iPhone Exploit Allows Access To Data Even With Passcode Protection
Bernd Marienfeldt, a London based IT security expert has recently published a report that reveals a serious security loophole in the iPhone.
According to him, the vulnerability can enable hackers to access data of an iPhone even if it is secured with the latest iPhone OS update and locked with a passcode. This is possible by merely connecting an iPhone to a computer running the latest Ubuntu Lucid Lynx OS.
Elaborating on the kinds of data that can be accessible via this simple hack, Marienfeldt writes:
"This data protection flaw exposes music, photos, videos, podcasts, voice recordings, Google safe browsing database, game contents… by in my opinion the quickest compromising read/write access discovered so far, without leaving any track record by the attacker. It’s about to imagine how many enterprises (e.g. Fortune 100) actually do rely on the expectation that their iPhone 3GS’s whole content is protected by encryption with a passcode based authentication in place to unlock it."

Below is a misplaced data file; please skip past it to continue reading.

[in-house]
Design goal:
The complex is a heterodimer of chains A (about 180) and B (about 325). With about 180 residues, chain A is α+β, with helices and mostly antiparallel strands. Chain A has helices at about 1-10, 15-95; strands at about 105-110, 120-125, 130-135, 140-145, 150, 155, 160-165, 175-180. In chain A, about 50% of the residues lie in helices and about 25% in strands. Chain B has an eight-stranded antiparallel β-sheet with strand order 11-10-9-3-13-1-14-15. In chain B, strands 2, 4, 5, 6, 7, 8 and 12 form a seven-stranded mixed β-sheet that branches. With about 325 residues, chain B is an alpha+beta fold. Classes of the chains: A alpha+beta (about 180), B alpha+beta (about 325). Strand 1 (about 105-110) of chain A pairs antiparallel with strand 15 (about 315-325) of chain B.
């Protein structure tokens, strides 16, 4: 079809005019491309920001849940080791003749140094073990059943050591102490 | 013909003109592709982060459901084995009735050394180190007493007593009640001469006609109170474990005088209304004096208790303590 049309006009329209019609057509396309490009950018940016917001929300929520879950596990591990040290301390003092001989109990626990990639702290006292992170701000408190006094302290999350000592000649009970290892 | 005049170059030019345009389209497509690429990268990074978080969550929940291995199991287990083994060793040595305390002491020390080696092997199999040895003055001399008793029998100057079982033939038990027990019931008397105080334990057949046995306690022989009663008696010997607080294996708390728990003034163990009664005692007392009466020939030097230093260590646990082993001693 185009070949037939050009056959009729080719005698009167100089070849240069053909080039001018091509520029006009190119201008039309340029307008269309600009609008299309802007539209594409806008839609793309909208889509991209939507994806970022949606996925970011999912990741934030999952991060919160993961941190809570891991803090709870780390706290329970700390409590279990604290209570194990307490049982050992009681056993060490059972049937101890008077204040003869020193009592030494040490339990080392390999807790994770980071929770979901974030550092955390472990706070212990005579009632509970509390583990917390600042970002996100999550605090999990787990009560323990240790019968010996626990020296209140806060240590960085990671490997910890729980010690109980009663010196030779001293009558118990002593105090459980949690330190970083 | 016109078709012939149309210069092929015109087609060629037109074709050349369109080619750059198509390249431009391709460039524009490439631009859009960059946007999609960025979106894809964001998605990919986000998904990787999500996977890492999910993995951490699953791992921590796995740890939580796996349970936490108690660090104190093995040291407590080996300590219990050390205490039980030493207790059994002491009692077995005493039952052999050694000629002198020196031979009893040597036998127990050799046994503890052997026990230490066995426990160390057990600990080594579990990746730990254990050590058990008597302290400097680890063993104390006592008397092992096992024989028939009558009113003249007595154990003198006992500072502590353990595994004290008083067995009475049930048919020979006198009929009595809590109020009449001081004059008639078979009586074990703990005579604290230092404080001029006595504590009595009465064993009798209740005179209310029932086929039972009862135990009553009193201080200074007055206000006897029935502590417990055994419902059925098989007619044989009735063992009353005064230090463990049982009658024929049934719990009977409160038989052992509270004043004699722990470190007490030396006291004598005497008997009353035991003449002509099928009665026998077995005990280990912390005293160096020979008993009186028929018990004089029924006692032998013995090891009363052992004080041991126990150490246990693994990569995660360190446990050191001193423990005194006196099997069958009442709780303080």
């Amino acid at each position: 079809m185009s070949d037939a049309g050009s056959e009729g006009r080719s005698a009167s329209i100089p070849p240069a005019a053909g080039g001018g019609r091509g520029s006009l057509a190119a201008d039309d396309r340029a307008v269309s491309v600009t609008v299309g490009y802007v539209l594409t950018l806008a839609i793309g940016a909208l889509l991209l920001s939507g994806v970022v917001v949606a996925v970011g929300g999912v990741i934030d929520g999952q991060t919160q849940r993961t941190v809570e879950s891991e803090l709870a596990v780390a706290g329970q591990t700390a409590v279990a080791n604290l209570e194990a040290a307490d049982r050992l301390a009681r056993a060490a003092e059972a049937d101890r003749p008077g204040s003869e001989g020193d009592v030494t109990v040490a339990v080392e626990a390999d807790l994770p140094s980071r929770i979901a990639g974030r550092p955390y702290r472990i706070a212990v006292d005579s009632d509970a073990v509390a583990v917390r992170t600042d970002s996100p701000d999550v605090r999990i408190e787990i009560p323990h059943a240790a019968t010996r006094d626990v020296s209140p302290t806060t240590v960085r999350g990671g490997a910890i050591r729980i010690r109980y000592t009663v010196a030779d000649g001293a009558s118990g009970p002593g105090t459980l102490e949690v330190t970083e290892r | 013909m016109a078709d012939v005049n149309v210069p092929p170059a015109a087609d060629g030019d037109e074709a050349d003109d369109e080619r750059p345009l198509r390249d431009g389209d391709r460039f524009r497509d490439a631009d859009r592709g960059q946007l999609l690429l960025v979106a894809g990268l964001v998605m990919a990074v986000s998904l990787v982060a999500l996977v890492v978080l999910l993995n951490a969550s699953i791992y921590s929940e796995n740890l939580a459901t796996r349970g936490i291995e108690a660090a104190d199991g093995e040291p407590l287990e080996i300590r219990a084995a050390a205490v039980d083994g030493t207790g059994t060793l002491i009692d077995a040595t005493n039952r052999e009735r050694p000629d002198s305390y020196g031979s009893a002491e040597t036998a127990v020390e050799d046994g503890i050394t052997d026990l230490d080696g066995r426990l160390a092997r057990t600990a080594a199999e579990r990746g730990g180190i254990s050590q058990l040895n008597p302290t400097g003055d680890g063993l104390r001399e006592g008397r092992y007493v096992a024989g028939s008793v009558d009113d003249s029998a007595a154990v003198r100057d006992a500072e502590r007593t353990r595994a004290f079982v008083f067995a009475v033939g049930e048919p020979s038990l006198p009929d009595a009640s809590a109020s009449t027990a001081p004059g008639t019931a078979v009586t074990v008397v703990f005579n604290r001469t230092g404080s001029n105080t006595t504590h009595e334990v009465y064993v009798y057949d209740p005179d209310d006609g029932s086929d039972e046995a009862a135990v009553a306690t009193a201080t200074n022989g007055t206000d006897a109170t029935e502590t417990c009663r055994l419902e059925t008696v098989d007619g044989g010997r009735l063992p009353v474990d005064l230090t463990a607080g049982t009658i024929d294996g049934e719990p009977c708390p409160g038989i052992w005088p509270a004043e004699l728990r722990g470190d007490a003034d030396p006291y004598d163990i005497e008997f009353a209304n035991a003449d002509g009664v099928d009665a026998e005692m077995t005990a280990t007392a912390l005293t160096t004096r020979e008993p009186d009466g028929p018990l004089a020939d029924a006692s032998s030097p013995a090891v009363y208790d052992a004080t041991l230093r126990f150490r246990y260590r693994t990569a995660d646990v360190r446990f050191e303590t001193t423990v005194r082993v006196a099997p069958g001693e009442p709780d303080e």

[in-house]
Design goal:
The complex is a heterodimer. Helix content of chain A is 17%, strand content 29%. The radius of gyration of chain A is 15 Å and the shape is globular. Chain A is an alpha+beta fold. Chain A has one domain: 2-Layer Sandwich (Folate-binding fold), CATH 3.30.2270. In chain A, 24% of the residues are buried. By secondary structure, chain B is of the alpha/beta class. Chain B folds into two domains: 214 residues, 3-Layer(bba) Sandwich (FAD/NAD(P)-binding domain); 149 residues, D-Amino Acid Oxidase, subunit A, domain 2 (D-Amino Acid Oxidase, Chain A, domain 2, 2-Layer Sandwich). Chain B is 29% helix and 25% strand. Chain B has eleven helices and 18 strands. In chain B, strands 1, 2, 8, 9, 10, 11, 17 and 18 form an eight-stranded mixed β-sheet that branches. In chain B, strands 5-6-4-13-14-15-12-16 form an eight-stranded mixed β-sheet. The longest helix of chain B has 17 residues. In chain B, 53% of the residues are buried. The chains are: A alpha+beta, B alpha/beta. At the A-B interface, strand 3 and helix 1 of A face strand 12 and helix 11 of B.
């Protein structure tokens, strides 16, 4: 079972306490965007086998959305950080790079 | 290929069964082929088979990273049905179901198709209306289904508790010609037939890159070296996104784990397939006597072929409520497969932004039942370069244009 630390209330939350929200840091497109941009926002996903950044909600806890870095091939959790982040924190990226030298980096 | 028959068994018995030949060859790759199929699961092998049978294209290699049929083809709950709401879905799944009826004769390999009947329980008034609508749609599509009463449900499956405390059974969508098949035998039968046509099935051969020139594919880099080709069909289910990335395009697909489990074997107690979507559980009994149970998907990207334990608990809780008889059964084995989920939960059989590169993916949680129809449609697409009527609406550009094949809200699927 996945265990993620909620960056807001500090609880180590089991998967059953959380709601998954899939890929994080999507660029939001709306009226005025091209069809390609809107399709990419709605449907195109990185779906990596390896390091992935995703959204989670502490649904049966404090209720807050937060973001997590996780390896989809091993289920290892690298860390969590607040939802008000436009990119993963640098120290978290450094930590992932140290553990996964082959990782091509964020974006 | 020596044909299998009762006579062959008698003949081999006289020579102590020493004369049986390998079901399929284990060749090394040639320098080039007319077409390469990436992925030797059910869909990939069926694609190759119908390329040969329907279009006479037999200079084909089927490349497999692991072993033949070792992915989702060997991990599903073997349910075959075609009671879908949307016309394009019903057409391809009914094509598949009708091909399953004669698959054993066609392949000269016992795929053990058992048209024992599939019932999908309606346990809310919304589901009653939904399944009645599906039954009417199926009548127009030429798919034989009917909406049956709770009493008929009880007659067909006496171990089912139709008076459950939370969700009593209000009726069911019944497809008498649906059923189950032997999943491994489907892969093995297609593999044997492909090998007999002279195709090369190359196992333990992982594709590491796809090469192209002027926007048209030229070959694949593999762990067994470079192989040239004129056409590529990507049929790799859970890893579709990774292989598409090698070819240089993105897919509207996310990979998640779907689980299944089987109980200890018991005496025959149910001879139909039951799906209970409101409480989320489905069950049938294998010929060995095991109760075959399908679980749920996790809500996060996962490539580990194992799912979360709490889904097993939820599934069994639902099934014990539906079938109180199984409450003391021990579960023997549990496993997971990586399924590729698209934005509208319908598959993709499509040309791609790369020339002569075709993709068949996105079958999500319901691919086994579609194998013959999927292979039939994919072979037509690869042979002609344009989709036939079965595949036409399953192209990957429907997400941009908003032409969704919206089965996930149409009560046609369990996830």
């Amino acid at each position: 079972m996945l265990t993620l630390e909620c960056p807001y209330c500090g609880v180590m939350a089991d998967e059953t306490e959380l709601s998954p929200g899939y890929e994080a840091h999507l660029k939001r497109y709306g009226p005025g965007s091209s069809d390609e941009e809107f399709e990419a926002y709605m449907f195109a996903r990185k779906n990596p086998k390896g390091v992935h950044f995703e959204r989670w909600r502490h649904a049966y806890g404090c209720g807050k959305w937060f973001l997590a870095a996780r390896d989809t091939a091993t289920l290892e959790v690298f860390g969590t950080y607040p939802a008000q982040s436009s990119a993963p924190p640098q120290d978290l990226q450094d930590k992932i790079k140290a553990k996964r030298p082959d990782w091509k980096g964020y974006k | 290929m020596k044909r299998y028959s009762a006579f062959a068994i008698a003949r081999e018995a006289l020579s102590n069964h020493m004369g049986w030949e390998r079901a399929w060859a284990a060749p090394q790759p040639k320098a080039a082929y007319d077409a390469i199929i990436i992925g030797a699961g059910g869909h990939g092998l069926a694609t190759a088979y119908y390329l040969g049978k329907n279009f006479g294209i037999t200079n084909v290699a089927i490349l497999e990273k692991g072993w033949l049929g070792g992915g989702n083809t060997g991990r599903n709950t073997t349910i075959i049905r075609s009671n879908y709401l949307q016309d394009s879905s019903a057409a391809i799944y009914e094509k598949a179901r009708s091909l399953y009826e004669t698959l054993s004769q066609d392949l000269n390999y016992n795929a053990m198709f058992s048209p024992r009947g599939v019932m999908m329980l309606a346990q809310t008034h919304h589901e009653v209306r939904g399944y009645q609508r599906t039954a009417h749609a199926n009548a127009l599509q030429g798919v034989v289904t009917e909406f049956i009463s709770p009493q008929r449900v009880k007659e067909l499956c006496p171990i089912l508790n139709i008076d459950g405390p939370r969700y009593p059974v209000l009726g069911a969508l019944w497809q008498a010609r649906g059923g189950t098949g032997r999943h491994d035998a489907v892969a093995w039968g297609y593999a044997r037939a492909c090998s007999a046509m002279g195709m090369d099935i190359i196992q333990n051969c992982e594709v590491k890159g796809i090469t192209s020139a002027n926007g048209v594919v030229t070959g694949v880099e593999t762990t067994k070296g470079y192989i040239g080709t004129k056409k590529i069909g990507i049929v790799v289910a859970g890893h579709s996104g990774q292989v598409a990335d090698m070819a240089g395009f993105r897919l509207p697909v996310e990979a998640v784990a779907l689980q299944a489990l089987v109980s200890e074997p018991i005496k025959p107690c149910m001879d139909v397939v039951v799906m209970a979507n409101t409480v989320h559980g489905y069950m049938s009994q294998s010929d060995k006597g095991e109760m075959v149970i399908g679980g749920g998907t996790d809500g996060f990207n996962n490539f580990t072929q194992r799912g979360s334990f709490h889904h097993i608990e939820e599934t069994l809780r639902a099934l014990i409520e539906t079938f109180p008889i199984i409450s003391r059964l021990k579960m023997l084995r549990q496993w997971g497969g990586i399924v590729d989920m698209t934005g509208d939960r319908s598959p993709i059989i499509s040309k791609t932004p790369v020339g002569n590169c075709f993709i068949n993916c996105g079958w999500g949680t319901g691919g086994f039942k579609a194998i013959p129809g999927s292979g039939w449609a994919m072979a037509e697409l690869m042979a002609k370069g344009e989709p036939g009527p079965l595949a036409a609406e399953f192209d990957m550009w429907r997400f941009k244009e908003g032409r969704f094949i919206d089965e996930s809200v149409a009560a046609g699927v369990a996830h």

Marienfeldt explains that the problem in this case lies with the failure of the iPhone to offer a full disk encryption (FDE) functionality. The absence of FDE would make it possible for the non-encrypted files to be accessed via a platform like Lucid Lynx that is not properly authenticated under the current circumstances. Consequently, while an unprotected mounting of iPhone on computers running Macintosh, Windows 2000 SP2, Windows 7 or Ubuntu 10.04 offers access only to the DCIM folder of the iPhone, users mounting the device on a Ubuntu Lucid Lynx machine are provided access to a lot more content.
According to Marienfeldt there are ways to get around both the on-device encryption that is available in iPhone 3GS as well as the encrypted backups that can be saved via iTunes. He says:
"The only benefit hardware encryption [as implemented] is that it makes wipes faster, by just dropping the [encryption] key,"
He goes on to add that even the remote wipe feature can be easily bypassed by removing the iPhone's SIM card.
Marienfeldt has revealed that Apple is learned to be currently working on the issue though there is no information on when a fix for this issue is likely to be provided. We wonder if the new data protection feature on iPhone OS 4 shall be able to tackle this loophole. What do you think?